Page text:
The Clock-Drawing Test (CDT) has received considerable attention from neuropsychologists in screening for dementia as a tool that has repeatedly shown good levels of discrimination between cognitively impaired and cognitively intact people (Lin et al., 2003; Royall, Mulroy, Chiodo, & Polk, 1999; Saling, Maccuspie-Moore, Anderson, & Chiu, 2002c; Shulman, 2000; Shulman, Gold, Cohen, & Zucchero, 1993; Shulman, Shedletsky, & Silver, 1986), particularly those with early-stage DAT. There are a number of approaches for administration and scoring of the CDT, and in the most widely used method, the patient receives a blank paper and is asked to draw a circle, fill in the numbers and then set up the time to indicate a specific hour, for instance "ten past eleven" (Maccuspie-Moore, 2001).
From a clinical perspective, the CDT is considered a very appealing tool. Shulman (2000), in a literature review on the qualities of the CDT, concluded that it fulfils most criteria for an 'ideal' cognitive screening tool. It has been described as a tool that can be administered quickly and easily, as one that is well tolerated by patients, is easy to score, is relatively free of the influence of language, education and culture, and enjoys acceptable levels of validity and reliability (Shulman, 2000). In a study that aimed to compare the effectiveness of three screening tools for dementia (MMSE, CASI & CDT), it was found that the Clock-Drawing Test was the most effective in detecting dementia in a low-education, non-English speaking population (Borson et al., 1999). The CDT was also found to be efficient in detecting executive dysfunction in patients' whose MMSE scores were in the normal range (Juby, Tench, & Baker, 2002). As the scoring system for the CDT takes into account qualitative aspects of performan ce (pattern of errors in addition to the total error rate), it is consistent with the notion of a "process" approach to neuropsychological evaluation, as opposed to an "achievement" approach based on right and wrong answers only (Kaplan, 1988).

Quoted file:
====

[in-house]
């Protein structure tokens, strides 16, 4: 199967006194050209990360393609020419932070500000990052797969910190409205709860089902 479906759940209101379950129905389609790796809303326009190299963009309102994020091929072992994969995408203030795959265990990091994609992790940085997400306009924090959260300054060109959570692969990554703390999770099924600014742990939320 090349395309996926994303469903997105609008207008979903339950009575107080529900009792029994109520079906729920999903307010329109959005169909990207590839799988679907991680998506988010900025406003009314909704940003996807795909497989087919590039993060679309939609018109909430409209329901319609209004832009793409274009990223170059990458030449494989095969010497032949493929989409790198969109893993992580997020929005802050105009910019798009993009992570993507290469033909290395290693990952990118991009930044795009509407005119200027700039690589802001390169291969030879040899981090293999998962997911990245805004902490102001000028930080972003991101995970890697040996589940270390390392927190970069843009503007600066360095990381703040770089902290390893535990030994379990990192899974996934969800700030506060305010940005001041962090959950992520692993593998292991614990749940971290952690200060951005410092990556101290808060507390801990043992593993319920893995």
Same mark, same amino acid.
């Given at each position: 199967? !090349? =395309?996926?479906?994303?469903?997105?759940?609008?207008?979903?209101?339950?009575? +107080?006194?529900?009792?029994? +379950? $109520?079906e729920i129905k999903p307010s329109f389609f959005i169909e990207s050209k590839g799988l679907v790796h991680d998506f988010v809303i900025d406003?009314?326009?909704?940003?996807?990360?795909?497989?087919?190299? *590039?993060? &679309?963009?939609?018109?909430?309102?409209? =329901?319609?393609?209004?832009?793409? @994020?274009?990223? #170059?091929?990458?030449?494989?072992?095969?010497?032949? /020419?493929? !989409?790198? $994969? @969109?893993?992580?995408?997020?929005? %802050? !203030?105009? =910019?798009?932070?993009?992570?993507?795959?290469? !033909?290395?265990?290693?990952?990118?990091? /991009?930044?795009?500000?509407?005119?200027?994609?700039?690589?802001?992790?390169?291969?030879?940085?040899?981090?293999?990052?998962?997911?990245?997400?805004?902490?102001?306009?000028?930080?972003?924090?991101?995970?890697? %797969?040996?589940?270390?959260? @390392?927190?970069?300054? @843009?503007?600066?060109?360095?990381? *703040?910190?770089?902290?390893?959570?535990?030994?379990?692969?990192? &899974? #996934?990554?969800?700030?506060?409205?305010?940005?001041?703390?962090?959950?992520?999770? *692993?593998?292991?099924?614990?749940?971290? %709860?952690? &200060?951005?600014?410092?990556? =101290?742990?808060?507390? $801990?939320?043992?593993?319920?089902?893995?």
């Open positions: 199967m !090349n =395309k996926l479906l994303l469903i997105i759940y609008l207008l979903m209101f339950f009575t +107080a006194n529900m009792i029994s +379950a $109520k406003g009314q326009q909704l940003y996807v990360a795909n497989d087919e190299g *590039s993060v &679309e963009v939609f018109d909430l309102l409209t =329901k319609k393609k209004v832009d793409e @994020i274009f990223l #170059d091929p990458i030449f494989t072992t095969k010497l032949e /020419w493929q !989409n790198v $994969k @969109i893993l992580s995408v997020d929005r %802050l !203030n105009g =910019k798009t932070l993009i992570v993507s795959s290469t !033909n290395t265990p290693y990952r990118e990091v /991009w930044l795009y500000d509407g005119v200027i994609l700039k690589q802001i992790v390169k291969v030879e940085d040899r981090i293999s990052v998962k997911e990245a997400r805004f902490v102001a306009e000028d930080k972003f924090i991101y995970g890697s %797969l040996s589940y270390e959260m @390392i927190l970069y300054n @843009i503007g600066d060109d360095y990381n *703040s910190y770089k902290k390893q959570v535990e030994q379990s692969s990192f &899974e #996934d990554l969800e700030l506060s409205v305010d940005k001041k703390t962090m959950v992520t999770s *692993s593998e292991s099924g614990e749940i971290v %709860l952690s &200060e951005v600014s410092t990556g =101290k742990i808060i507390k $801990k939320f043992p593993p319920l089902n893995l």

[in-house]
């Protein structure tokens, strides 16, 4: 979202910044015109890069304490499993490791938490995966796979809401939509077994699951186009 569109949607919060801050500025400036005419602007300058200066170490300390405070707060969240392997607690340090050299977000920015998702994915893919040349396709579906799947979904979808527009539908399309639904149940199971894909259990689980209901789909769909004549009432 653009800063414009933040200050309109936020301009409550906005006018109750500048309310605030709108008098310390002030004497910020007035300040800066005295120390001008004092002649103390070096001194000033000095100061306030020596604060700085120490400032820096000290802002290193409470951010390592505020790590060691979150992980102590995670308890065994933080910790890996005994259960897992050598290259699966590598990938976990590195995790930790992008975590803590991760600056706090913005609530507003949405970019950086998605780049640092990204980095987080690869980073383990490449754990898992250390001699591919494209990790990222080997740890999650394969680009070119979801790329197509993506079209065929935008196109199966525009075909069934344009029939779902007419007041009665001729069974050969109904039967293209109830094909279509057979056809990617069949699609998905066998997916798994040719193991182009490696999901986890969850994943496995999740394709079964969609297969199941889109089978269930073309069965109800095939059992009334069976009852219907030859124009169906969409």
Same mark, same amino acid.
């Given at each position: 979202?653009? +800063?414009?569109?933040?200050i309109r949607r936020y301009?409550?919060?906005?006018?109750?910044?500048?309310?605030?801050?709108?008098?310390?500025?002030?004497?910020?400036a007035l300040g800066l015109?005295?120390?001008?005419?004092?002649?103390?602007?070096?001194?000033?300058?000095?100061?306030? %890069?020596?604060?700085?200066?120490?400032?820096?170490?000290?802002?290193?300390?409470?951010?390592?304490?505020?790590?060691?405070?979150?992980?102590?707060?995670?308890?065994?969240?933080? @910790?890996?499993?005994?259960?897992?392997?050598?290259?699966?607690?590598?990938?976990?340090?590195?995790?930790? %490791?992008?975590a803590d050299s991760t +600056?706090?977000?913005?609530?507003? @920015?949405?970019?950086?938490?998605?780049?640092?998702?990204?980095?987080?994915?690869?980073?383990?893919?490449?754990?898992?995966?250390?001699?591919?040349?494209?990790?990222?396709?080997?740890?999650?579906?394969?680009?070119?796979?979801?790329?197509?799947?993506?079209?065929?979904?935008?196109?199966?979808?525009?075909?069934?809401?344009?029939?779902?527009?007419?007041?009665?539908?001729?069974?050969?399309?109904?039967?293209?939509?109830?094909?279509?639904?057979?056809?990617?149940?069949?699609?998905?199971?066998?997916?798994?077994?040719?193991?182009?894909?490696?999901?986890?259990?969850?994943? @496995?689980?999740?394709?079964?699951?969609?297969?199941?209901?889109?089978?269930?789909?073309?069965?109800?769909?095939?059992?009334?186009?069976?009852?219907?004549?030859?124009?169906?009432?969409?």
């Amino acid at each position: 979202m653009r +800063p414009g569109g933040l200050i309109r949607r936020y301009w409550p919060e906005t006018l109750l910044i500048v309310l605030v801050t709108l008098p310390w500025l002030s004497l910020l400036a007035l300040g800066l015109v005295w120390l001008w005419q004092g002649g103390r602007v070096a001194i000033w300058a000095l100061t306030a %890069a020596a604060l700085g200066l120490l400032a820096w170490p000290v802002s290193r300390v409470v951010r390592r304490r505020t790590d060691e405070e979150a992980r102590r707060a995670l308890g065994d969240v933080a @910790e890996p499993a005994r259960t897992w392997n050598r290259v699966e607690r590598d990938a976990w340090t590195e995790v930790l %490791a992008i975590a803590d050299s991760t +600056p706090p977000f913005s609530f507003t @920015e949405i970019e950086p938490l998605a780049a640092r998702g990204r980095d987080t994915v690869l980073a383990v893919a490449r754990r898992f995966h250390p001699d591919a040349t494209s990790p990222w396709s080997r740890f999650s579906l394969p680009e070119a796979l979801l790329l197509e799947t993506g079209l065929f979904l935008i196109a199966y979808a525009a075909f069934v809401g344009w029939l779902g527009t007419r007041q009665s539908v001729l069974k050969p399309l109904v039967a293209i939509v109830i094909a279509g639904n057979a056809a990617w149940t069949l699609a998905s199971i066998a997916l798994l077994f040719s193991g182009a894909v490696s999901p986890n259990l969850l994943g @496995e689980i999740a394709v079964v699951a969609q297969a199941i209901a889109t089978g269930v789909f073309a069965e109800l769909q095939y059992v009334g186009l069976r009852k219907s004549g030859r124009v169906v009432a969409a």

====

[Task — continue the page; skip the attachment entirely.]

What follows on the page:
Despite its sensitivity to cognitive impairments in early dementia, the ability or abilities measured by the CDT that are most responsible for its sensitivity have not been clear. While it seems to be measuring performance in a range of cognitive domains such as visuoconstructional abilities, spatial orientation, semantic memory, and executive functioning, it is usually regarded as a reliable indicator of global cognitive functioning (Shulman et al., 1993). Saling et al. (2002), in a study designed to address this question, developed several clock-related tasks which were designed to tap various cognitive components underlying clock drawing and time setting and found that the task that most discriminated between mild to moderate DAT patients and a control group was a clock-anomalies detection task. In this task, patients were shown cards with line-drawings of clock-faces that contained an incorrect feature ("Invalid clocks"). The participants were asked to point out the anomaly and DAT patients were consi derably more impaired than controls in their ability to report these anomalies (Saling, Maccuspie-Moore, Anderson, & Chiu, 2002a). According to Saling (2002) this represented an impairment in a semantic-conceptual dimension related to the graphic representation of time (Saling, Maccuspie-Moore et al., 2002a). This account is supported by other studies that have suggested that the impairment in visuoconstructive abilities seen in AD reflects an underlying impairment in conceptualization and semantic memory (Laatu, Revonsuo, Jaykka, Portin, & Rinne, 2003; Rouleau, Salmon, & Butters, 1996).